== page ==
Finally received my Convoy hosts

ANSI Results using the white flat 1mm with Convoy’s 4 mode driver at 4.3A

C8+ – 180,630 cd = 850m

M21C – 307,800 = 1.1km

L21A – 481,950 = 1.38km

Anyone know of a host I can use that’s slightly larger than the L21A?

Nice work. About 170kcd is what I saw from a C8 reflector. Didn’t put time into tuning it but it looked pretty much maxed out.

As for hosts larger than the L21A, you have the Convoy L6 + SMO reflector and the Noctigon K1 which will both yield around 600kcd at the same drive current. $$ start going up fast past ~60mm.

This zoomie has been in my AE cart and tempting me for months now. Nobody has mentioned or reviewed it. The HT line-up use acrylic lens, which really saves weight, cost, and improves performance on these large diameters. 66mm lens.

https://www.aliexpress.com/item/4000321611399.html

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This on on Ali worked out well for me, though the actual lens width was smaller than I thought. Much, much prefer an e-switch to run Anduril.

717 kcd, mod here: http://budgetlightforum.com/comment/1634334#comment-1634334

 

luminarium iaculator
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Tom E wrote:

This on on Ali worked out well for me, though the actual lens width was smaller than I thought. Much, much prefer an e-switch to run Anduril.


717 kcd, mod here: http://budgetlightforum.com/comment/1634334#comment-1634334


 

Very nice mod and results. Thumbs Up I haven’t see mod yet in that ultra deep thread… Deep like an ocean Smile

I despise throat switches and other redundant parts on flashlights like usb charging ports that seems like imposed standard now-days…
I would also like to see downsizing trend from manufacturers rather than overgrowing one…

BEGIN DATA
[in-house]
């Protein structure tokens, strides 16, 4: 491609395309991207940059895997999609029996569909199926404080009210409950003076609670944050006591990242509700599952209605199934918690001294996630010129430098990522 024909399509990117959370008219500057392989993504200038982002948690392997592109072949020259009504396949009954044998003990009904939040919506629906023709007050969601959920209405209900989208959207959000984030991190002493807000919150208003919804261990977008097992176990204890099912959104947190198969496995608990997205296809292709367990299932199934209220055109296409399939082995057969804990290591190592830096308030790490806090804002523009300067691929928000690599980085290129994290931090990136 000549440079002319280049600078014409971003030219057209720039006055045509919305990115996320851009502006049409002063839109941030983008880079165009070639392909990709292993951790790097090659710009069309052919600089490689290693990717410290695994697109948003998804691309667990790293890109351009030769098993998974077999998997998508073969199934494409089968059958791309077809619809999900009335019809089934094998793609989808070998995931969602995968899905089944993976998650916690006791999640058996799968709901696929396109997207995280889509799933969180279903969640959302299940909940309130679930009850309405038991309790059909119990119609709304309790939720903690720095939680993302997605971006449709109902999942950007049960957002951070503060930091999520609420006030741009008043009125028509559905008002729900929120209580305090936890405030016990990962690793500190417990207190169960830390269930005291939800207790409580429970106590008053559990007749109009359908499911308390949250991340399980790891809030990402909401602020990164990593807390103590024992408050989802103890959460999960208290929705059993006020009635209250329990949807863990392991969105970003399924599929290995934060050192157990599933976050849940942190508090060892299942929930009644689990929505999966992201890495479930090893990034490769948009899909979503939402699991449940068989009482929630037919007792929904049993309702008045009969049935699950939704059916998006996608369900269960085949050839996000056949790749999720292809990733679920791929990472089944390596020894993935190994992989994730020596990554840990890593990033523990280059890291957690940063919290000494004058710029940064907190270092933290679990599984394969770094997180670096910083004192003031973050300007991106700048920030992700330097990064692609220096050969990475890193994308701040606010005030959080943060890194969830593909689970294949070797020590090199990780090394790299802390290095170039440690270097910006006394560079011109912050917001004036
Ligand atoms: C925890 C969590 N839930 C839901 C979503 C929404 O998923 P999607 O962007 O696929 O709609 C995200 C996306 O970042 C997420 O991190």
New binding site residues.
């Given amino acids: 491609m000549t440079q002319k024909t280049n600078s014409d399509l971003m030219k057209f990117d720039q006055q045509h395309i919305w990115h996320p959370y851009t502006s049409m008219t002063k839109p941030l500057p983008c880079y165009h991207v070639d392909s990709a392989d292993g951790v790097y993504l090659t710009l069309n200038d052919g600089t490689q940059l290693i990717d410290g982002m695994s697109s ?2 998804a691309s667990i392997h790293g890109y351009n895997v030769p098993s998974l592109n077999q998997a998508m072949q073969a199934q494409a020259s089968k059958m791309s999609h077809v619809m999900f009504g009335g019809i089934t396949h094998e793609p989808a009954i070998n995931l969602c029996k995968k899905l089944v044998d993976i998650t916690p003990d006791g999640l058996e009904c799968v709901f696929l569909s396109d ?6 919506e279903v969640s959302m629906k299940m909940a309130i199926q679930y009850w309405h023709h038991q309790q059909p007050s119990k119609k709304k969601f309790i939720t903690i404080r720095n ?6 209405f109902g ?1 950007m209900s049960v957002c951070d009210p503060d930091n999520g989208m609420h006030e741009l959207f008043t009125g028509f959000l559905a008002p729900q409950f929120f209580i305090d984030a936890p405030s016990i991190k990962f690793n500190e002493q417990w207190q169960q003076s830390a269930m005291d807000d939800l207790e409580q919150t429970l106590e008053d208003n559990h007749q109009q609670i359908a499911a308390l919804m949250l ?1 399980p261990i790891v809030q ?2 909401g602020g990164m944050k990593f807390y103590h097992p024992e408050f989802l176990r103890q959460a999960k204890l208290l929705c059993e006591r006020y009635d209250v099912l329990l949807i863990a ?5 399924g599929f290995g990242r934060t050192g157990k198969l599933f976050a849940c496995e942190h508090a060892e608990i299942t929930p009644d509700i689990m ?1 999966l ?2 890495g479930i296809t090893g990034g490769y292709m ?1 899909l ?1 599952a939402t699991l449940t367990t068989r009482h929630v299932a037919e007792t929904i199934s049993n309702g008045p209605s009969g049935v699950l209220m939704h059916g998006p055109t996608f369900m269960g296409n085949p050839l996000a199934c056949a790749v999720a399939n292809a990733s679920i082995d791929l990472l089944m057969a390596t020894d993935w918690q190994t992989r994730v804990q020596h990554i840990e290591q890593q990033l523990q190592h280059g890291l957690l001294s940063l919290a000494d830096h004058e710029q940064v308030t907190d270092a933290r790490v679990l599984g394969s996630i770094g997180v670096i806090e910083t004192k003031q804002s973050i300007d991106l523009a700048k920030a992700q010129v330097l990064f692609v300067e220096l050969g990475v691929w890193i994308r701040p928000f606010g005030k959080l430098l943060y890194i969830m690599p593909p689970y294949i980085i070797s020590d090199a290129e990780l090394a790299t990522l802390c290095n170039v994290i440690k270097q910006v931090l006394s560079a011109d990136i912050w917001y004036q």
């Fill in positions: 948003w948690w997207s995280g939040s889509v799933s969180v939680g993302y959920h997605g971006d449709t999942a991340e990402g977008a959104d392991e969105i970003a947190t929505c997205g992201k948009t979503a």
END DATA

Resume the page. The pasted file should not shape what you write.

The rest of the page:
And when we talk about aspherics imho there is light/lens size margin when the light becomes completely useless from usability side.

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luminarium iaculator wrote:

There are waterproof zoomies on a market so it should not be problem to make them waterproof especially if they will use acrylic lenses instead of glass ones. Obviously only Brinyte (and maybe just few manufacturers) figured that /acrylic plastic is more consistent, more resilient (shockproof + lighter) and better for mass production than glass.
Lets say twist zoomie: double o ring at the tail, double oring at lens section, and double oring on throat section… More than waterproof Smile


It will never be completely waterproof because there needs to be a way for air to get in and out of the head when the lens moves closer/farther.
If you completely sealed a zoomie with o-rings then the internal air pressure would make the head simply bounce back into the original position.

Agro wrote:

My favourite approach to waterproofing is to add a secondary lens, could be a flat one that completely seals the light engine. Effectively a waterproof mule with added zooming aspheric. That’s simple and reliable. And doesn’t add friction. Wink

This is the only real solution to waterproofing ^
An extra flat lens at the front, like with reflector lights, that doesn’t move.
That keeps the internal volume constant.
The next challenge is moving the lens inside the sealed head from the outside without letting water in.
One option would be to use magnets, which can work through the aluminum body, or have a physical notch somewhow that then needs to be sealed with o-rings on the outside.
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Enderman wrote:
luminarium iaculator wrote:

There are waterproof zoomies on a market so it should not be problem to make them waterproof especially if they will use acrylic lenses instead of glass ones. Obviously only Brinyte (and maybe just few manufacturers) figured that /acrylic plastic is more consistent, more resilient (shockproof + lighter) and better for mass production than glass.
Lets say twist zoomie: double o ring at the tail, double oring at lens section, and double oring on throat section… More than waterproof Smile


It will never be completely waterproof because there needs to be a way for air to get in and out of the head when the lens moves closer/farther.